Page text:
Living in the time of a pandemic can be overwhelming and cause severe stress. Being influenced by social media, the tv, and every other source of information can wreak havoc on your mental health, which is why you should learn how to cope with stress as soon as possible. Considering that stress is highly detrimental to one’s health, it’s essential that you learn how to manage and stay away from it. That is especially true during COVID-19 because stress can weaken your immune system and help the virus infect your body. 

Limit your information sources

One of the best things you can do is limit your time in front of the news. Whether you check them online or you’re watching tv, you mustn’t obsessively check the news.

Overwhelming yourself with both credible and less trustworthy news can only increase your levels of stress. Therefore, it’s crucial that you limit your exposure to the media. Yes, you need to stay informed about the latest occurrences and know how the COVID-19 situation is developing, but there is only so much information that you can handle without jeopardizing your mental health.  

Make your home your sanctuary

Staying home and being safe is imperative, so you should make your home as comfortable and entertaining as possible to help you go through these challenging times. If you’re stuck at home for days, and you have a backyard to use to your advantage, try making your own entertainment centre outside. With high-quality outdoor entertainment, you can enjoy Netflix or HBO, and cut the time shorter by watching various other platforms. The more thrilling you make your home, the faster the time in self-isolation will go by. That way, you won’t even miss the outside world because you’ll have all the fun you need at your own home.

Think about aspects you can control

Other people’s behaviour during the pandemic, the circumstances that lead to bigger outbreaks, as well as the longevity of the pandemic, are just some of the things that you cannot control. However, despite you being powerless about it, you’ll probably stress over it and constantly burden your mind with it. Later, this will inevitably lead to you feeling anxious, drained, and overwhelmed.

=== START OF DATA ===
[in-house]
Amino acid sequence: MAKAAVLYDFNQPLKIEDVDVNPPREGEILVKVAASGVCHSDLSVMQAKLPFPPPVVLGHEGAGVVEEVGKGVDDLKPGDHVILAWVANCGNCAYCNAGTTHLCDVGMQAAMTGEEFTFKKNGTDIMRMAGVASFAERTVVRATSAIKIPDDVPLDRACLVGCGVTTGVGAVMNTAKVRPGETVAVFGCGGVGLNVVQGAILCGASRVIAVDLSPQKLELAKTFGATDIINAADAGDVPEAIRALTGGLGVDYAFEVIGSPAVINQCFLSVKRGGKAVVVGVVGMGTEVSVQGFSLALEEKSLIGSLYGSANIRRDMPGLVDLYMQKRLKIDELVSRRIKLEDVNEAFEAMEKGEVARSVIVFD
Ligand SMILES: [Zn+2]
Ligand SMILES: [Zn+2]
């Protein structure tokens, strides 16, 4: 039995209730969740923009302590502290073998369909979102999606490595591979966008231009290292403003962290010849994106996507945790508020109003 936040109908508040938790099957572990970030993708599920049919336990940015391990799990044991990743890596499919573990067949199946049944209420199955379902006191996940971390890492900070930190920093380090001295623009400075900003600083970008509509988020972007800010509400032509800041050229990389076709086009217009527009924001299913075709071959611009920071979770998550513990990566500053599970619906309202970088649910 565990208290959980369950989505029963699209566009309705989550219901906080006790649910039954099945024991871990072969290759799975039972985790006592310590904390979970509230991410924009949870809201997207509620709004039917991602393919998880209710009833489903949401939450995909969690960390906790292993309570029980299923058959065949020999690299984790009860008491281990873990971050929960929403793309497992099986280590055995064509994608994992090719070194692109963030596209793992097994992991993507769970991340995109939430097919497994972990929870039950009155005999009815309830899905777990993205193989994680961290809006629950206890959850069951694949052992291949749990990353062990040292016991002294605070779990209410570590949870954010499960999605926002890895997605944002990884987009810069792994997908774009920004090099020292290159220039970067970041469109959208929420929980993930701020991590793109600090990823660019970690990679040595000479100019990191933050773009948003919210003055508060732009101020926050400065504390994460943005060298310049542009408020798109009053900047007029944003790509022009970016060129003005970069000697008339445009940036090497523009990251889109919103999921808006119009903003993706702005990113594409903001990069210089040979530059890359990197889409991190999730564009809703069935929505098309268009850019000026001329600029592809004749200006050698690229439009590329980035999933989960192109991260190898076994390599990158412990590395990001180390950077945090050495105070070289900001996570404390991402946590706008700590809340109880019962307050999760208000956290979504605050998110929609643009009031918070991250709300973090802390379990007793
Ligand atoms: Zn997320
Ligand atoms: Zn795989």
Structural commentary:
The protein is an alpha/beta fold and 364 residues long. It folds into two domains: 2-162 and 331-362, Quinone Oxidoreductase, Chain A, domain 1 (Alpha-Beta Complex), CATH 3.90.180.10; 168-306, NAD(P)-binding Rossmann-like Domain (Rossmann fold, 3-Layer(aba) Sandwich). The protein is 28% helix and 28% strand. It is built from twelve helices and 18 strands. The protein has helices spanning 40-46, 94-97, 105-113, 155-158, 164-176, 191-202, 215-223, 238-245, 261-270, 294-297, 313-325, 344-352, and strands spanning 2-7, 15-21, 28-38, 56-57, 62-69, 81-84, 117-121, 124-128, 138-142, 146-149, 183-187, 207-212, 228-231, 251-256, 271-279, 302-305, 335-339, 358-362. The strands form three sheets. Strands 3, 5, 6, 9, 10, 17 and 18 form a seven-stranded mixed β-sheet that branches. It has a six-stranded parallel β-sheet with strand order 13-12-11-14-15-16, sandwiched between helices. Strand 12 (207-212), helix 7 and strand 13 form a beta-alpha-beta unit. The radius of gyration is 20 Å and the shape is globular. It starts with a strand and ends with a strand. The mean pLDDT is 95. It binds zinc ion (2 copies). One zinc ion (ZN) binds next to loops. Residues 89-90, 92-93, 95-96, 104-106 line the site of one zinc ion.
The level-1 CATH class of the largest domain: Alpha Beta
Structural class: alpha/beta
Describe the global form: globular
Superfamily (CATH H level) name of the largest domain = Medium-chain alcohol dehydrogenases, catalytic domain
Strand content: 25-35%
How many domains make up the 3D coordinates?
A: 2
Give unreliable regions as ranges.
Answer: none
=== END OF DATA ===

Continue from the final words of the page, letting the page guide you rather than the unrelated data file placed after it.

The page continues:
Think about aspects you can control

To avoid all of those feelings, you should do your best to reduce your risk and focus on the aspects you can control. For example, you should wash your hands frequently using soap and water or a hand sanitizer with a minimum of 60% alcohol. Avoid touching your face too often or at all, if possible. That is especially important for your eyes, nose, and mouth. Try to stay home and only go out when necessary. Don’t mingle with other people and stay away from crowds and gatherings.

Stay at least digitally connected

Keeping in touch with your friends and relatives is crucial for your emotional well-being. So, even if you can’t physically connect, you should at least try to stay in touch via social media. From texting to video calling, you can organize family nights at least once a week to be sure everyone’s doing alright. That will give you the ever-needed peace of mind and allow you to confide in them and tell them all about your worries, which will eventually help you destress.

Stress can cause many problems for your well-being. That is why you should always try to stay calm and not worry about stuff that is out of your control. Try to surround yourself with people supportive and positive people, even if it’s just through social media. Stay home and use the time to catch up on all the films and series you’ve been missing out on. That will help you forget about the pandemic for at least an hour during the day.

About the author

Diana Smith

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